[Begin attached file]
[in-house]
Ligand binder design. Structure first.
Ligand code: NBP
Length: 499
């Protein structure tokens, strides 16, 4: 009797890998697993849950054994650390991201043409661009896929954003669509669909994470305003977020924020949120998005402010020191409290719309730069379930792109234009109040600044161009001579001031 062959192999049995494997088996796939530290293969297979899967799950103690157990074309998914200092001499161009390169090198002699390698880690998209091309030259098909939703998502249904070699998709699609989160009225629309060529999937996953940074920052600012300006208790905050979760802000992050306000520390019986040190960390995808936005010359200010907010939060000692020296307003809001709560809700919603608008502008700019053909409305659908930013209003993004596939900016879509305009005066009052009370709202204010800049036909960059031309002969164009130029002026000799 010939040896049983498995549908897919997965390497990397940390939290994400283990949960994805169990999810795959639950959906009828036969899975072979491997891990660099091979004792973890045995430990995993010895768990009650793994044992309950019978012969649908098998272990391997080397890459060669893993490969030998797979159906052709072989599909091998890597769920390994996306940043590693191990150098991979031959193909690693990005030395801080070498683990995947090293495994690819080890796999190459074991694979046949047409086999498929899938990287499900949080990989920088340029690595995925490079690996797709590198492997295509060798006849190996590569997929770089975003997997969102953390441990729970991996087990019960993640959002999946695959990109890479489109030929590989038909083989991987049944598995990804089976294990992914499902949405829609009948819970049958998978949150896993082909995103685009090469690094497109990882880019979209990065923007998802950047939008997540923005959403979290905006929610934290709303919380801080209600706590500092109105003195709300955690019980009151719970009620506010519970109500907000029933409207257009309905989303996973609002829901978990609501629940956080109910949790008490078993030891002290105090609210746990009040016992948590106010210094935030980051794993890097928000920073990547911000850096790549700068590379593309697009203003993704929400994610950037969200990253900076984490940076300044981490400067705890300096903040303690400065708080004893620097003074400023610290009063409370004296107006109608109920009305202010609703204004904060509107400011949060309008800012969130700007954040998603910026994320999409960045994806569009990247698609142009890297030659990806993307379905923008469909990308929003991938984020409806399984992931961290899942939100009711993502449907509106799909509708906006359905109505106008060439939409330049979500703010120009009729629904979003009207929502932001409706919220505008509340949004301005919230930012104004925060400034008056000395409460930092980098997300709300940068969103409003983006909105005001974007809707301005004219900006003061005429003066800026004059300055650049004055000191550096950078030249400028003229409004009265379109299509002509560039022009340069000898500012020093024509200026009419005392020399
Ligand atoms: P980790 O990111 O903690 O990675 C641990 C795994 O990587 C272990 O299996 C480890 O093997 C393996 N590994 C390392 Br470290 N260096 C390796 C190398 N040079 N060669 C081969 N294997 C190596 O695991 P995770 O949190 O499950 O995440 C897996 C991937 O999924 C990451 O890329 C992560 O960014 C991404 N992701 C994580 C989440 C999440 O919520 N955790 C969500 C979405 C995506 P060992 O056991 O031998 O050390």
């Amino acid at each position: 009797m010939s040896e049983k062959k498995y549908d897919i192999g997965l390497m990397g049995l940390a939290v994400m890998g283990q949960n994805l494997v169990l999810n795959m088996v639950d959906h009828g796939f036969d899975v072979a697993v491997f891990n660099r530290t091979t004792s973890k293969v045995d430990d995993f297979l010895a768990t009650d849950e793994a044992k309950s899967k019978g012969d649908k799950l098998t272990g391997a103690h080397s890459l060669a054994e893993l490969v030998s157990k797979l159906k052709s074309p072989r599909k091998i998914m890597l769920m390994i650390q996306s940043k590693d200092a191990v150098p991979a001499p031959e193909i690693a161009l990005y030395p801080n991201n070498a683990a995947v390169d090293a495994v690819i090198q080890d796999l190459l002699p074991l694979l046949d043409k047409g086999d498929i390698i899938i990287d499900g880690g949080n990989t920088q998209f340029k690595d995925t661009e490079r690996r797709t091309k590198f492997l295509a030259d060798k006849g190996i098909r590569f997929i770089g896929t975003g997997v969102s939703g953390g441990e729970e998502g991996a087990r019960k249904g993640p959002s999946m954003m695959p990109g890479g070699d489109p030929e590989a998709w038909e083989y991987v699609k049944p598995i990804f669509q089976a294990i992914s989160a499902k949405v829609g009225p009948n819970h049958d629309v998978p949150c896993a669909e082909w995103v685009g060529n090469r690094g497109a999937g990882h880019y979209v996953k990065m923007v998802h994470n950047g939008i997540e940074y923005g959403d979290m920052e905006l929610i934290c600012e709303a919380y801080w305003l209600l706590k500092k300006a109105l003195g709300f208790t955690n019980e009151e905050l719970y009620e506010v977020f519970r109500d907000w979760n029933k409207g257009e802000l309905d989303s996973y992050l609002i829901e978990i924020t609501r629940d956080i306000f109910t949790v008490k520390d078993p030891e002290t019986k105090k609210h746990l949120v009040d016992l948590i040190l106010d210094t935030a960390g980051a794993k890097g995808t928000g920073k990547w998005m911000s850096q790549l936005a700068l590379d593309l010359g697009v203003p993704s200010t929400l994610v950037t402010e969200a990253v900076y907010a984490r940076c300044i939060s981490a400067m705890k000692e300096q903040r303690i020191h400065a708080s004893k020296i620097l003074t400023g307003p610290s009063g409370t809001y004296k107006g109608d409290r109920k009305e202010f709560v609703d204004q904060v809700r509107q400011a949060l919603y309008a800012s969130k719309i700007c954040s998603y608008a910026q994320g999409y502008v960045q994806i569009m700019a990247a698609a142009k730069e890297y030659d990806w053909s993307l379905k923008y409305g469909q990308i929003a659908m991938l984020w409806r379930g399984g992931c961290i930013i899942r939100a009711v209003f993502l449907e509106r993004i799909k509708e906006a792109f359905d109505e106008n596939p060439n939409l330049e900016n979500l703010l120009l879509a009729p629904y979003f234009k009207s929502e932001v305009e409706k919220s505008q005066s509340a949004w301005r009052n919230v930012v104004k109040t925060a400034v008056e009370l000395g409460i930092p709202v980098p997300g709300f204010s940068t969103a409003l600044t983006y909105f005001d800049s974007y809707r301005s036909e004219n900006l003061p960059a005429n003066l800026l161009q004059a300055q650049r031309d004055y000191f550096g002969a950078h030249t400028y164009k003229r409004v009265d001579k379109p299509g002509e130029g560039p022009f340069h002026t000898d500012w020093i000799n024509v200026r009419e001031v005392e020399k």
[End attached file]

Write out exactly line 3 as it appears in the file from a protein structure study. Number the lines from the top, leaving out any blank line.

Ligand code: NBP